Here, Leffingwell did not present this theory to the trial court, instead arguing the statement was nonhearsay or, if hearsay, a spontaneous declaration.  (Evid.Code, § 1240.)   There was no showing Leffingwell's declaration was made while he was under stress of excitement.   The court properly rejected the spontaneous statement argument.   The statement was hearsay, but the court did not determine Leffingwell's unavailability 5 or whether circumstances showed the statement trustworthy.6  Even if Leffingwell had properly requested such findings, and assuming the court erroneously excluded the statement, any error would be harmless.   The probative value of “I was looking around” to show a lack of intent to steal is slight.   The statement is ambiguous, permitting a contrary inference that Leffingwell was “looking around” for something to steal.   Leffingwell did not tell Winter he was looking for a place to sleep.   Moreover, Leffingwell's theory explaining his presence inside Doray's home reached the jury through Munz' and Frye's testimony.   Therefore, even if the court improperly excluded his statement, any error did not prejudice Leffingwell.  (People v. Watson (1956) 46 Cal.2d 818, 836, 299 P.2d 243.)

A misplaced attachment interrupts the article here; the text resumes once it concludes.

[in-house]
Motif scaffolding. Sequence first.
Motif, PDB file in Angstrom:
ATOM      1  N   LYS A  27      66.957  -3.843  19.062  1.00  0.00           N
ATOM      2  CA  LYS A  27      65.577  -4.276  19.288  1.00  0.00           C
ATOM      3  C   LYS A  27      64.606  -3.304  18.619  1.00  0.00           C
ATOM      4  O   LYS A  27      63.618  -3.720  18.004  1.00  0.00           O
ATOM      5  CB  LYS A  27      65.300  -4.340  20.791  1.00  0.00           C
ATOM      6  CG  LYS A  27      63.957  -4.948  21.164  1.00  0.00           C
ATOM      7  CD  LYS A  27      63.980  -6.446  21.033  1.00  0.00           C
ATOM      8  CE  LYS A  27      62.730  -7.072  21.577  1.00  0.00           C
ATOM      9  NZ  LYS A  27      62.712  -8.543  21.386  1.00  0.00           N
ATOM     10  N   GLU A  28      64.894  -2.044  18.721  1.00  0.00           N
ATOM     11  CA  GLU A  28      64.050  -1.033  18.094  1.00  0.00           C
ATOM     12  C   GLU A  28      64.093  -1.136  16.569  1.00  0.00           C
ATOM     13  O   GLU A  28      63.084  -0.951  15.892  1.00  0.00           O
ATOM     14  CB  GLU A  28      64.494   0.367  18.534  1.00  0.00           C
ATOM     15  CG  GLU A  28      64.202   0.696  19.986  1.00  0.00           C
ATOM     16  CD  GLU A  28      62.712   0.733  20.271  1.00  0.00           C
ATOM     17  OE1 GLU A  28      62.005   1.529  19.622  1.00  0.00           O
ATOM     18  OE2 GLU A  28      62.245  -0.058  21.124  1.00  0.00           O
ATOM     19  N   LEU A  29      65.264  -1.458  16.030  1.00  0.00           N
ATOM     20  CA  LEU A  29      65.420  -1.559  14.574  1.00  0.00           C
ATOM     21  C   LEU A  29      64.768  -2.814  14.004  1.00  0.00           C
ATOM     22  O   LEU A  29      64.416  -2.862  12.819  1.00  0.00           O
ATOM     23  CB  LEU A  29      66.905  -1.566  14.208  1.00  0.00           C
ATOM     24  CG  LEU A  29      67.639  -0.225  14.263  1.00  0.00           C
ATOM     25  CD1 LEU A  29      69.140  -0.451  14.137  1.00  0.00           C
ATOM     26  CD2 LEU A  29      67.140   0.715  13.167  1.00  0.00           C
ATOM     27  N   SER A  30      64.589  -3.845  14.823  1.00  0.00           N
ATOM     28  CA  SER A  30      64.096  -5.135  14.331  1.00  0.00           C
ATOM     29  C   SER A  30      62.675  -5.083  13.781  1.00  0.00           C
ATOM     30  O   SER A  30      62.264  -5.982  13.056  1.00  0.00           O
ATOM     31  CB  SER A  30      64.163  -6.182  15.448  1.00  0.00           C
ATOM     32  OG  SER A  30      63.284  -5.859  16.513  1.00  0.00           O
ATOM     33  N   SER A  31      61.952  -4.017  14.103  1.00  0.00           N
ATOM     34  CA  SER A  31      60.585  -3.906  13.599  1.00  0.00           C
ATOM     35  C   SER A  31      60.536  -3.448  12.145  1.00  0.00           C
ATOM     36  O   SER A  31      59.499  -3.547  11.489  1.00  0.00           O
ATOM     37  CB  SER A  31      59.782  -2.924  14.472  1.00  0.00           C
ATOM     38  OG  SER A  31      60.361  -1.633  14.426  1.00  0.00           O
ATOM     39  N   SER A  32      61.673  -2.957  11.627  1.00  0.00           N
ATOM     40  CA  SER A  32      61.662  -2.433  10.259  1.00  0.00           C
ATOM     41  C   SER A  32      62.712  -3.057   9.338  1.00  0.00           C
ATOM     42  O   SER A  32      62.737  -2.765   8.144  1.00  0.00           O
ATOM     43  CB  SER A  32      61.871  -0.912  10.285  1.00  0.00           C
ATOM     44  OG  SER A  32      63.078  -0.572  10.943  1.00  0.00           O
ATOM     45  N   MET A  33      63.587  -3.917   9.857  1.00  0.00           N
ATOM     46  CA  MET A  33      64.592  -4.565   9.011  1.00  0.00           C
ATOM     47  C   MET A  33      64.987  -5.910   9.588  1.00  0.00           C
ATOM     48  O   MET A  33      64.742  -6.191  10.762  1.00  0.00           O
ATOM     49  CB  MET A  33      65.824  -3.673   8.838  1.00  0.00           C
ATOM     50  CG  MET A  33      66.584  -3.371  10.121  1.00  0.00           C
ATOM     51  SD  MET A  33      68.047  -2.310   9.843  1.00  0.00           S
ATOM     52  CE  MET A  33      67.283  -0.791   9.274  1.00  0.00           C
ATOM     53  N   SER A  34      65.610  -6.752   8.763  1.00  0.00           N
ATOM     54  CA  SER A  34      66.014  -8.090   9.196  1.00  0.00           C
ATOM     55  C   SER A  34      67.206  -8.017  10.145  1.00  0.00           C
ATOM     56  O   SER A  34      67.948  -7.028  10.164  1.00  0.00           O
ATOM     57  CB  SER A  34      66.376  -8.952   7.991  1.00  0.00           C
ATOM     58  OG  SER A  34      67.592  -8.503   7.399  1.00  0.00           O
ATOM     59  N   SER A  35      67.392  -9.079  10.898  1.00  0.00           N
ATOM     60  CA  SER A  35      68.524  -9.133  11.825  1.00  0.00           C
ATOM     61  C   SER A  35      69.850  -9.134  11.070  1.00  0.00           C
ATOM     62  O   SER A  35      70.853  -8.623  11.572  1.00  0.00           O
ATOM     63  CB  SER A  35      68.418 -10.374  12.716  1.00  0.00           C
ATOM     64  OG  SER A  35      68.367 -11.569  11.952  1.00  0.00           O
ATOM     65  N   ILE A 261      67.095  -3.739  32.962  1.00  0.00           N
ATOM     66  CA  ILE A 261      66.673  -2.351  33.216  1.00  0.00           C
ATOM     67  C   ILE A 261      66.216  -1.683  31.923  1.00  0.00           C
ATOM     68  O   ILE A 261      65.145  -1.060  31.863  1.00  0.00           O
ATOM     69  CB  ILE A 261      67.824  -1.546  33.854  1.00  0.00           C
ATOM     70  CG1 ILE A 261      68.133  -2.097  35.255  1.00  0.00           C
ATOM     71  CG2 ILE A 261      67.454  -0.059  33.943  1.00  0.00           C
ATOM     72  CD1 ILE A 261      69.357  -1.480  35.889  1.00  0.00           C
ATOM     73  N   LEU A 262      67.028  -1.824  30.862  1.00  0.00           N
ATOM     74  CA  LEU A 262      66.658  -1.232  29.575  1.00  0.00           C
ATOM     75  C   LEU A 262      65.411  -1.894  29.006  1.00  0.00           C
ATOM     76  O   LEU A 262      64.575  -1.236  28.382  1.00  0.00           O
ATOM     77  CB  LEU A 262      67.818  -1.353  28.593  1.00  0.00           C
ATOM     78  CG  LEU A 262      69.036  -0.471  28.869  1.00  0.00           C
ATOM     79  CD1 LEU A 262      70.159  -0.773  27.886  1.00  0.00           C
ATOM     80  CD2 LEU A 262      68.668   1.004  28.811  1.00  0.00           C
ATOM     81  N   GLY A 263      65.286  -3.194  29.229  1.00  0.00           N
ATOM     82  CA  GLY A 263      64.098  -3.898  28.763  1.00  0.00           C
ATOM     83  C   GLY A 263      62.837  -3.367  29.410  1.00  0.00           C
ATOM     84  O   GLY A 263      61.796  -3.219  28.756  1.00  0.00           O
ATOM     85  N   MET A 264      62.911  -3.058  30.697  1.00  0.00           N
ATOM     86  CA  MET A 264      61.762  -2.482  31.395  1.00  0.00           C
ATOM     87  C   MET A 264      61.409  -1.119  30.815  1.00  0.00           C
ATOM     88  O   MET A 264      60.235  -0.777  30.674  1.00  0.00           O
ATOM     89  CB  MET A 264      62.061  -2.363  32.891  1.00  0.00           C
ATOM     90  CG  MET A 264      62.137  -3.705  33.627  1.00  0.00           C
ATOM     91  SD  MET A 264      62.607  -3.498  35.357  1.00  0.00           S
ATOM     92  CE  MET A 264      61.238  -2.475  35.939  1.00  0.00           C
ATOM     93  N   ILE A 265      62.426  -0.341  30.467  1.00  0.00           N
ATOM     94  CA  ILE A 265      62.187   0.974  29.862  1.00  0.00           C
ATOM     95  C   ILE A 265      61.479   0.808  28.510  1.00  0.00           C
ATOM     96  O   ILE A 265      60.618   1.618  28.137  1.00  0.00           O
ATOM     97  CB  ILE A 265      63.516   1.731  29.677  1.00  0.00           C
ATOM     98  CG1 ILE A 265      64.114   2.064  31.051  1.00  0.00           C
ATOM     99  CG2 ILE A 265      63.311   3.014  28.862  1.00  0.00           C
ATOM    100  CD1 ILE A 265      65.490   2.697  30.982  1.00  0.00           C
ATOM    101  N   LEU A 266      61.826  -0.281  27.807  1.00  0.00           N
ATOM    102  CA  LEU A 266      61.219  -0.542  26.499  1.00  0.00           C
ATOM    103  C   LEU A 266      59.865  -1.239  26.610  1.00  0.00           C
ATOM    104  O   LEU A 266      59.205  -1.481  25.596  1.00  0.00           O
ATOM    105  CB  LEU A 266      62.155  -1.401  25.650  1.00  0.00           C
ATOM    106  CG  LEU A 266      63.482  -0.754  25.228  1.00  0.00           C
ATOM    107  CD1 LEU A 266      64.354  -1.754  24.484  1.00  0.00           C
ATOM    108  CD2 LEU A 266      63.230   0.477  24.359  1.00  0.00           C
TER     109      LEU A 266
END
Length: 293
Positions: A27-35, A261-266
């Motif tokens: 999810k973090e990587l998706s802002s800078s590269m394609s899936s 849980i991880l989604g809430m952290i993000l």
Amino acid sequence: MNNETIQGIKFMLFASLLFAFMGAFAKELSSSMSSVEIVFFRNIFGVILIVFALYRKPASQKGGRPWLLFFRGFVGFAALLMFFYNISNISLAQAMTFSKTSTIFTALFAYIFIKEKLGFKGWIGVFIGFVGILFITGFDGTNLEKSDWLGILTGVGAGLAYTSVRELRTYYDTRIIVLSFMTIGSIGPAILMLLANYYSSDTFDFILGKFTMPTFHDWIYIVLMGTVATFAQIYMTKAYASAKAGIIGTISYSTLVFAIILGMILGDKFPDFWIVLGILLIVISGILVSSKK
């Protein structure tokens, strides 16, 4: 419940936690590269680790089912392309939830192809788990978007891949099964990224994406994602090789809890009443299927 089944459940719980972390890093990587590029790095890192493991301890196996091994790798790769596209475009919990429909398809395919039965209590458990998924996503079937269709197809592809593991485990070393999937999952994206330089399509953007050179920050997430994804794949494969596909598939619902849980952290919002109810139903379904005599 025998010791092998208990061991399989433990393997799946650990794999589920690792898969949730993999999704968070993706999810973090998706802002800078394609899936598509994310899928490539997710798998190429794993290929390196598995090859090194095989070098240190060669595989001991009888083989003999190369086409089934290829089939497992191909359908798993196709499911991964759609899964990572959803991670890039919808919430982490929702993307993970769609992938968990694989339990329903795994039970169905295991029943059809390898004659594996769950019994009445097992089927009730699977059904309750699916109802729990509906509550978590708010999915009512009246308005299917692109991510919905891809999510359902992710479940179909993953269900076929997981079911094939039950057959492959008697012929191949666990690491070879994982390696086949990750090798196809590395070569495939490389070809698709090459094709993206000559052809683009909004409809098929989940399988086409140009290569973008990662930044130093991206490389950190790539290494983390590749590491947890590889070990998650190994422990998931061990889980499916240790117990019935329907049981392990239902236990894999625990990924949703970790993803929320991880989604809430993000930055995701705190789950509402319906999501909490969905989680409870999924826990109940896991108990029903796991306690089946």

Leffingwell contends the court should not have refused to give the following instruction:  “If you find that the defendant Leffingwell formed the specific intent to steal, take or carry away the personal property of another after he entered the structure, but did not have said specific intent when he entered it, then you cannot find him guilty of burglary.”   The court refused to give this instruction, stating “I am refusing this instruction as being covered by the other instructions.”   Citing People v. Sears (1970) 2 Cal.3d 180, 84 Cal.Rptr. 711, 465 P.2d 847, Leffingwell contends he has a right to direct the jury's attention to the underlying issue of intent.

 Although Leffingwell is entitled to instructions directing the jury's attention to evidence showing reasonable doubt of his guilt (People v. Sears, supra, 2 Cal.3d 180, 190, 84 Cal.Rptr. 711, 465 P.2d 847), when the jury is properly instructed, the court need not restate legal principles merely in another manner.  (People v. Anderson (1966) 64 Cal.2d 633, 641, 51 Cal.Rptr. 238, 414 P.2d 366.)

Here, the court properly instructed the jury regarding the required intent to convict Leffingwell of burglary.   The court stated:

“The crime of burglary requires at the time of the entry of a building the specific intent to steal․